5) Slide 5 is not important. Slides 6 and 7, to which the first half of the interview was devoted, are indeed very interesting. They show that three different wires, Pt, Ag and Au were used as cathodes at the same time. For some reason track densities, on the back side of the chip, are different for different wires. Is this because each metal is chemically different or because contacts areas between the wires and the CR-39 chips were slightly different? Later in the interview Larry states that silver is “special.” I am not convinced. The most interesting thing on slides 6 and 7 is presence of pits on the back side of the chip. They are more numerous than in the estimated background. That, according to Larry, is a clear indicator that neutrons are also emitted during the electrolysis. But why is the number of neutron-induced tracks, on the back of Ag, much smaller than on the back of Pt and Au? That is not clear.

6) Slide 9 tells us that only one neutron out of many (for example, out of 100,000) is actually detected. Multiplying numbers of pits displayed on the back of the chip (see Slide 6), by 100,000 I am inclined to think that the number of neutrons exceeds the number of charged particles. Is this consistent with the results obtained with two detectors of neutrons during one of the SPAWAR experiments? I do not know. For some reason nothing has been reported about what was learned from neutron detectors. Why is it so? I think that all experimental results should be reported. Another interesting thing, on slide 9, is a suggestion that neutrons of energies larger than 12 MeV can be detected not only via elastic scattering on protons but also via decomposition of C-12 into three alpha particles.

7) Slide 8 show distributions of pit sizes. The U-238 source was probably “thick;” otherwise the distribution of track diameters (actually major axes) would be narrower. Larry shows that dominant frontside pits have diameters between 6 and 16 microns. The dominant backside pits, on the other hand, have diameters ranging from 10 to 22 microns. That is indeed puzzling. Distributions of pit sizes, due to neutrons of various energies (between 1.2 MeV and 19 MeV), are shown on slide 9. They are taken from a 2004 reference. Were the etching condition in the reference the same as in the SPAWAR work? i suppose they were; otherwise comparing what is on the slide 8 with what is on the slide 9 would be meaningless. Larry thinks that large tracks, on the back side of the CR-39 chip, are due to high energy neutrons. That what I would expect if higher energy neutrons were main contributors to the neutron-alpha reactions.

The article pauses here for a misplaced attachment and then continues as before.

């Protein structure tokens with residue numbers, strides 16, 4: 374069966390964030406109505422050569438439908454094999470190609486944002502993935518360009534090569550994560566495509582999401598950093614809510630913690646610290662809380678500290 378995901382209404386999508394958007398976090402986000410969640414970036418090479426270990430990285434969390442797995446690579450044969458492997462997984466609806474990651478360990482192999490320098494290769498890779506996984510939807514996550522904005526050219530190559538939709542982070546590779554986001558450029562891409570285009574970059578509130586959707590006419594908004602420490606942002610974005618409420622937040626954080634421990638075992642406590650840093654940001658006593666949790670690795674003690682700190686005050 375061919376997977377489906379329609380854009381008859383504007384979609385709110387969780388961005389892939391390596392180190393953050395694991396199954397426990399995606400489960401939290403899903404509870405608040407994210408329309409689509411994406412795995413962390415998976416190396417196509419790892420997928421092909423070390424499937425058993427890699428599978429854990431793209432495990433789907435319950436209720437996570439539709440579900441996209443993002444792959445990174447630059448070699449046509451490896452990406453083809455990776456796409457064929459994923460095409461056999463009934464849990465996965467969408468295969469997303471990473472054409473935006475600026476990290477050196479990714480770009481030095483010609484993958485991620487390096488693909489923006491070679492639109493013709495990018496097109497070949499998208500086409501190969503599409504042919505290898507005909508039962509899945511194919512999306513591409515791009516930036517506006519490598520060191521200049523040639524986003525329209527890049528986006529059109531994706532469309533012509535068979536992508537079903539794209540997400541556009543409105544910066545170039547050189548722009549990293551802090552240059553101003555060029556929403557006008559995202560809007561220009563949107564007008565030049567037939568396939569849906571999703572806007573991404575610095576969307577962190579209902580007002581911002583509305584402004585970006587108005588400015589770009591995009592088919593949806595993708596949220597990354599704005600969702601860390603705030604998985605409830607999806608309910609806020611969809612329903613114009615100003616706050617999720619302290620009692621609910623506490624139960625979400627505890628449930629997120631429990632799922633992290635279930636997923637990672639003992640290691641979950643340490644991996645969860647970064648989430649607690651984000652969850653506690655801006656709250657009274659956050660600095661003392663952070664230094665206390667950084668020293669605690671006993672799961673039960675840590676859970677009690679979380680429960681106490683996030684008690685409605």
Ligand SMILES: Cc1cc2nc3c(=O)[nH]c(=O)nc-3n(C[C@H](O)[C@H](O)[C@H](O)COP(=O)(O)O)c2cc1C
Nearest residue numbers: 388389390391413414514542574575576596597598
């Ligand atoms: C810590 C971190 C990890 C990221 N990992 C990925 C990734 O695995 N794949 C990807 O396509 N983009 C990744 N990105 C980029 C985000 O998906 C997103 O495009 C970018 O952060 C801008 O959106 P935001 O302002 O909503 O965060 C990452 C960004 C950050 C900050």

8) Slide 10 compares tracks on the back of the SPAWAR chip with tracks due to neutrons from a Pu-238 source. Larry states that etching conditions were not identical; tracks from the Pu-238 experiment were etched about 25% longer that tracks from the SPAWAR experiment. Taking this under account, he concludes that sizes the largest tracks are roughly the same. Then he addresses the issue of smaller tracks. I agree with him that tracks due to neutrons would begin at different depths inside the chip. That would indeed produce a mixture of tracks of different diameters. In fact that is what I saw, several years ago, when chips irradiated with neutrons from a Pu-Be source were examined.

9) Slide 11 shows preliminary results deduced from gamma rays detected during the electrolysis. Larry identified them as coming from the Sr-92 and Zr-97. These are, presumably, transmutation products resulting from nuclear reactions induced by neutrons. The intensity of gamma ray radiation from the Sr-92 was found to be about ten times higher than from the Zr-97. This, according to Larry, is consistent with what one would expect if the numbers of atoms were identical. But he also mentions missing lines in the recorded gamma ray spectra. This weakens his argument about the presence of the above two radioactive isotopes. An identification is certain when all known gamma rays are present and when the rates of decay matchhttp://csam.montclair.edu/~kowalski/cf/325forsley.html the known values (2.7 and 16.9 hours). Why were the rates of decay not measured? I would make several measurements of counting rates, each lasting about 30 minutes, not 13 seconds. Perhaps they were looking for isotopes with much shorter half-lives.

10) How do SPAWAR results differ from the results of Richard Oriani? The most obvious difference is the number of tracks, and the fact that these tracks are concentrated near wires. Oriani-type clusters would be difficult to identify among the much more numerous pits produced in the SPAWAR codeposition experiment.